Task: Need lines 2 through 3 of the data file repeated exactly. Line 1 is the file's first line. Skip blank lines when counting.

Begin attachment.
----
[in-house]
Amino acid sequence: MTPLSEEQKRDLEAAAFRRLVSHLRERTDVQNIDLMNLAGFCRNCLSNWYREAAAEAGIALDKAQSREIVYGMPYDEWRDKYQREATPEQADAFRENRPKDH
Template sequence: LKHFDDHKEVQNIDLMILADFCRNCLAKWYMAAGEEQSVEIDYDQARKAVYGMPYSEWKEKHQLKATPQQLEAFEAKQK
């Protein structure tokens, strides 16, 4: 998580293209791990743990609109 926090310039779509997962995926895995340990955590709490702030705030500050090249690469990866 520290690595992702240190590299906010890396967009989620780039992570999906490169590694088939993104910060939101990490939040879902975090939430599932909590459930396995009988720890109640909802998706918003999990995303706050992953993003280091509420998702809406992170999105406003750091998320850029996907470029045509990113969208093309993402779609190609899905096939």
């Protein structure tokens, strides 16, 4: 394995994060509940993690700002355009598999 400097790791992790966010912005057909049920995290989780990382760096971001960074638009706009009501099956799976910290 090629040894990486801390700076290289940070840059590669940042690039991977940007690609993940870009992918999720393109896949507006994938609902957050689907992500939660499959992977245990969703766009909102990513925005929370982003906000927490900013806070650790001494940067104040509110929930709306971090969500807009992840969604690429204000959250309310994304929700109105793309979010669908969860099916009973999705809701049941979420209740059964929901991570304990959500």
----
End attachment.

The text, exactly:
Amino acid sequence: MTPLSEEQKRDLEAAAFRRLVSHLRERTDVQNIDLMNLAGFCRNCLSNWYREAAAEAGIALDKAQSREIVYGMPYDEWRDKYQREATPEQADAFRENRPKDH
Template sequence: LKHFDDHKEVQNIDLMILADFCRNCLAKWYMAAGEEQSVEIDYDQARKAVYGMPYSEWKEKHQLKATPQQLEAFEAKQK